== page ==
To the extent this description of the hoi polloi is accurate, the behavior described reflects the priorities of the ruling oligarchy, in which – perhaps to an extent unprecedented in our history – fortunes are made through the vulgar redistribution of wealth by the State. And in this respect, George W. Bush is a perfect exemplar of his class.

In his infuriating and informative new book Free Lunch: How the Wealthiest Americans Enrich Themselves at Government Expense (And Stick You with the Bill), David Cay Johnston recounts the old and sadly neglected story of how Bush the Younger became wealthy. Like Kunstler, Johnston is mistaken in some important ways, but he does an admirable job exposing the machinations of our ruling oligarchy, of whom Bush the Lesser is a suitable specimen.

During the reign of Bush the Elder, Duhbya was wealthy, but not extravagantly so. Unlike Joseph in Egypt, under whose hand every venture prospered, Bush the Younger had a knack for running businesses into the ground. His was the touch of Tantalus, rather than Midas.

Bush did know how to manage one asset only a handful of Americans enjoy: His family political connections, many of which we reinforced by his inherited membership in Yale’s Skull & Bones secret society. (Depending on whom you ask, Skull & Bones is either a satanic coven or an oddly packaged Good Old Boy network; my view is that it is a little of both.)

"Yeah, we may
look like the founders of the Paul Anka Fan Club -- but trust us, we're evil": George "Poppy" Bush (immediate left of the Grandfather Clock) and fellow Bonesmen.

Unlike his father or his grandfather, Bush the Younger didn’t take his Bonesman duties all that seriously. As an initiate, he was given the new name “Temporary” as a placeholder until he thought of a more appropriate sobriquet, and he never bothered to change the default. So to this day, Bush the Younger remains “Temporary” to his Bonesman brethren.

In the early 1990s, several Bonesmen were among the investors Bush turned to when he conceived the idea of buying the Texas Rangers. The underperforming team wasn’t a bargain at any price, but Bush believed that the Rangers could quickly become profitable if a new stadium could be built for them. In fact, the investors quickly devised a plan to build a 200-acre “entertainment zone” surrounding the new stadium, including hotels and restaurants.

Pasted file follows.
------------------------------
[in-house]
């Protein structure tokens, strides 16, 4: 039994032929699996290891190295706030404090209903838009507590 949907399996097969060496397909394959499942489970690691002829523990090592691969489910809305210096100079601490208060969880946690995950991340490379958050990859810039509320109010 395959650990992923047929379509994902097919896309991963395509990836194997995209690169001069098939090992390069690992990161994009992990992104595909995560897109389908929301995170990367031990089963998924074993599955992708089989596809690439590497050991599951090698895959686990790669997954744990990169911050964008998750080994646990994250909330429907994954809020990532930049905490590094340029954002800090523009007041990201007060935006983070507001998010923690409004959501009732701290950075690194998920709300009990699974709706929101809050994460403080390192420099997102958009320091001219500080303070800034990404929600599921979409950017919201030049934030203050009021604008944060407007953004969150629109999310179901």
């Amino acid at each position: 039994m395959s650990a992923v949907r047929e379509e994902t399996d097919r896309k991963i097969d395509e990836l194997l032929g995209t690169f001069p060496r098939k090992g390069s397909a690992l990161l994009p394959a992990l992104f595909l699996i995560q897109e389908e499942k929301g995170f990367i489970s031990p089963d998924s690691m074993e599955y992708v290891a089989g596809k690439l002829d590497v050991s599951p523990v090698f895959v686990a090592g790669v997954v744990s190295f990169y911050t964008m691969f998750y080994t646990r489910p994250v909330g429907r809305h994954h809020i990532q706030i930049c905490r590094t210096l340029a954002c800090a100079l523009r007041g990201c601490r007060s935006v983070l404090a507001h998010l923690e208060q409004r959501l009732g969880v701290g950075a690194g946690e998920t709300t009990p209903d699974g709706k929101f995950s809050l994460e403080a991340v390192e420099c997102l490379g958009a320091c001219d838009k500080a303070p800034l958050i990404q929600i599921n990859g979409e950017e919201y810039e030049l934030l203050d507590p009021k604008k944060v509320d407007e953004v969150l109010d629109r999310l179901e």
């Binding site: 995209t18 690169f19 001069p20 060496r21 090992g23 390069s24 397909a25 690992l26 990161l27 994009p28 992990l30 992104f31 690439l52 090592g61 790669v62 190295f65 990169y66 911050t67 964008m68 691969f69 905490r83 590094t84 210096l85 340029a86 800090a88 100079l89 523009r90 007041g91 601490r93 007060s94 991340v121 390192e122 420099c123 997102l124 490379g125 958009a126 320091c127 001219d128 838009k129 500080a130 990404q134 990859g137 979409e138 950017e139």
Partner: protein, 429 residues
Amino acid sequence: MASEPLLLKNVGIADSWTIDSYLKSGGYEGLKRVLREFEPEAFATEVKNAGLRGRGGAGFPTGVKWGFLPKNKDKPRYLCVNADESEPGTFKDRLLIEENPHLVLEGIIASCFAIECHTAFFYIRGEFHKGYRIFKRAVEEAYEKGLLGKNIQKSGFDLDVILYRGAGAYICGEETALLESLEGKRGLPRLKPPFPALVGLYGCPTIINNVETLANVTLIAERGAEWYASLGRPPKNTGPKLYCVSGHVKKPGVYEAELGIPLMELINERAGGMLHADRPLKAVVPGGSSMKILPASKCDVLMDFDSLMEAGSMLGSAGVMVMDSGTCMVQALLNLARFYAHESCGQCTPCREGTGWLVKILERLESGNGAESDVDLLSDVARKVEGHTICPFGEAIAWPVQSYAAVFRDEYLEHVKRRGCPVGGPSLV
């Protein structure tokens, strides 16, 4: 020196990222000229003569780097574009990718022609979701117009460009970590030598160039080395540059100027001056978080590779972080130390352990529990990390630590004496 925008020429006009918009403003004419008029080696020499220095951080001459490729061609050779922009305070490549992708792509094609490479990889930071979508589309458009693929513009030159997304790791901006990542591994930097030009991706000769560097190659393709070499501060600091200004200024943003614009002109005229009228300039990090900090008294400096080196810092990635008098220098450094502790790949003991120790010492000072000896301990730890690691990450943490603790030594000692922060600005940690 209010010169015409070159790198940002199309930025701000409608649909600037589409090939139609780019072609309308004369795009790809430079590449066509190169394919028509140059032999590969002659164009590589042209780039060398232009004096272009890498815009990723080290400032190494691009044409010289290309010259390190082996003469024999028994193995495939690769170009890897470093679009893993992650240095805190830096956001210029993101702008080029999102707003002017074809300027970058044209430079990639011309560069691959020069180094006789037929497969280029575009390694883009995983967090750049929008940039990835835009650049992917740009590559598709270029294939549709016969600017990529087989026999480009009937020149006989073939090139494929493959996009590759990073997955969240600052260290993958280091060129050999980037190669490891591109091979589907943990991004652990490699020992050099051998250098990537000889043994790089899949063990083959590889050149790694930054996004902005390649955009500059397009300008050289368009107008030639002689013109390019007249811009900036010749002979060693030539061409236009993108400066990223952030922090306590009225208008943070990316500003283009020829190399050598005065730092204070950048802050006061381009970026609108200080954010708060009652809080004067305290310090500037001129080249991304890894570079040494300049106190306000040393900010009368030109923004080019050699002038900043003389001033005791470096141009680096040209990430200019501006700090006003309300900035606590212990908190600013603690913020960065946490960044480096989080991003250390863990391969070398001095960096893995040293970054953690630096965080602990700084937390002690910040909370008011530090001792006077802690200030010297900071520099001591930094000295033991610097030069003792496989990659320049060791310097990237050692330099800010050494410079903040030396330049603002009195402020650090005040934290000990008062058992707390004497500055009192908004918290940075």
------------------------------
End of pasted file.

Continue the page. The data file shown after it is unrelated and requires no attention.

Bush and his cronies could easily afford to buy the Rangers; they could even afford to build a stadium. But getting the land to build the “entertainment zone” would be a little more difficult, since many of those who owned the property weren’t interested in selling.

Ah, I see that at least some of you know where this story is headed….

Rather than paying what the owners would have been willing to take for their land, Bush and his buddies “simply had the city of Arlington seize the land they needed and more, using government’s power of eminent domain,” recalls Johnson.

The new stadium was built by a municipal “Sports Authority” (represented in court by Ray Hutchison, husband of Texas Republican Senator Kay Bailey Hutchison). The Authority was funded through a half-cent increase in sales tax approved in a quick and dirty referendum held after Bush threatened to move the Rangers to another city – a now-familiar extortion tactic by owners of professional sports teams seeking municipal subsidies. It also administered an interest-free rent-to-own arrangement for the team’s new owners, with every payment – and all maintenance expenses – applied to the purchase price of the stadium.

“The investors Bush assembled paid $86 million for the Rangers,” summarizes Johnson. “They sold nine years later for $250 million. The $164 million profit was $38.5 million less than the [total] subsidy” provided through the Authority. As a result, “Every dollar that Bush and the other investors pocketed when they sold the team came from the taxpayers…. Bush and his investors made no economic profit from the market when they sold the team. The only money they received came from the increased sales taxes that flowed into the stadium deal” – and that deal was made possible by the theft and extortion carried out through eminent domain.